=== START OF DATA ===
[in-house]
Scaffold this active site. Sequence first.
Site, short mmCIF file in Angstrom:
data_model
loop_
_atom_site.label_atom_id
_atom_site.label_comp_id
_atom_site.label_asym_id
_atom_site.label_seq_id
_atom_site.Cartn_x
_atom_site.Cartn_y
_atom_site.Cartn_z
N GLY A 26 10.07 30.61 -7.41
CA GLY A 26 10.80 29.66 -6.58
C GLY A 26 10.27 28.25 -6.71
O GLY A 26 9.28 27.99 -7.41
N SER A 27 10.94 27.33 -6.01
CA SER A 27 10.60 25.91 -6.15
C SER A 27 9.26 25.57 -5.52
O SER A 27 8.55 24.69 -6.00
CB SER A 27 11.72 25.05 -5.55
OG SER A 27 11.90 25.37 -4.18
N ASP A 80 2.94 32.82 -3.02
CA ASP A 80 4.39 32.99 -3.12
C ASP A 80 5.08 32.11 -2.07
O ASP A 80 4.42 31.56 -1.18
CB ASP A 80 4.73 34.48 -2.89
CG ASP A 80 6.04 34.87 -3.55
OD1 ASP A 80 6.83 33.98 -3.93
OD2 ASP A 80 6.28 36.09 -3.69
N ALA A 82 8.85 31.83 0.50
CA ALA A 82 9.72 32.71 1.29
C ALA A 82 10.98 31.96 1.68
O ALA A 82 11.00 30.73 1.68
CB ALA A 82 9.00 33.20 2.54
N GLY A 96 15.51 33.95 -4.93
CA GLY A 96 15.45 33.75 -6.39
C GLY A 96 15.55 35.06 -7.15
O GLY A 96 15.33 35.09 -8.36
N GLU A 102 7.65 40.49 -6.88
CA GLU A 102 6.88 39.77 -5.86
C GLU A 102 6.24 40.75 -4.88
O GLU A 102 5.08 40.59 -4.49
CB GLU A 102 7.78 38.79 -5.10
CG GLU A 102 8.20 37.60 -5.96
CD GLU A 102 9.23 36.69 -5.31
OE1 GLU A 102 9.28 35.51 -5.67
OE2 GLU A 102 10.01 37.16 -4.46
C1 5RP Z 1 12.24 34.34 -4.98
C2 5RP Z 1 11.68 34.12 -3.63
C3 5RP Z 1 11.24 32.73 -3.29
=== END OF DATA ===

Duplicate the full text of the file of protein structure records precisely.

[in-house]
Scaffold this active site. Sequence first.
Site, short mmCIF file in Angstrom:
data_model
loop_
_atom_site.label_atom_id
_atom_site.label_comp_id
_atom_site.label_asym_id
_atom_site.label_seq_id
_atom_site.Cartn_x
_atom_site.Cartn_y
_atom_site.Cartn_z
N GLY A 26 10.07 30.61 -7.41
CA GLY A 26 10.80 29.66 -6.58
C GLY A 26 10.27 28.25 -6.71
O GLY A 26 9.28 27.99 -7.41
N SER A 27 10.94 27.33 -6.01
CA SER A 27 10.60 25.91 -6.15
C SER A 27 9.26 25.57 -5.52
O SER A 27 8.55 24.69 -6.00
CB SER A 27 11.72 25.05 -5.55
OG SER A 27 11.90 25.37 -4.18
N ASP A 80 2.94 32.82 -3.02
CA ASP A 80 4.39 32.99 -3.12
C ASP A 80 5.08 32.11 -2.07
O ASP A 80 4.42 31.56 -1.18
CB ASP A 80 4.73 34.48 -2.89
CG ASP A 80 6.04 34.87 -3.55
OD1 ASP A 80 6.83 33.98 -3.93
OD2 ASP A 80 6.28 36.09 -3.69
N ALA A 82 8.85 31.83 0.50
CA ALA A 82 9.72 32.71 1.29
C ALA A 82 10.98 31.96 1.68
O ALA A 82 11.00 30.73 1.68
CB ALA A 82 9.00 33.20 2.54
N GLY A 96 15.51 33.95 -4.93
CA GLY A 96 15.45 33.75 -6.39
C GLY A 96 15.55 35.06 -7.15
O GLY A 96 15.33 35.09 -8.36
N GLU A 102 7.65 40.49 -6.88
CA GLU A 102 6.88 39.77 -5.86
C GLU A 102 6.24 40.75 -4.88
O GLU A 102 5.08 40.59 -4.49
CB GLU A 102 7.78 38.79 -5.10
CG GLU A 102 8.20 37.60 -5.96
CD GLU A 102 9.23 36.69 -5.31
OE1 GLU A 102 9.28 35.51 -5.67
OE2 GLU A 102 10.01 37.16 -4.46
C1 5RP Z 1 12.24 34.34 -4.98
C2 5RP Z 1 11.68 34.12 -3.63
C3 5RP Z 1 11.24 32.73 -3.29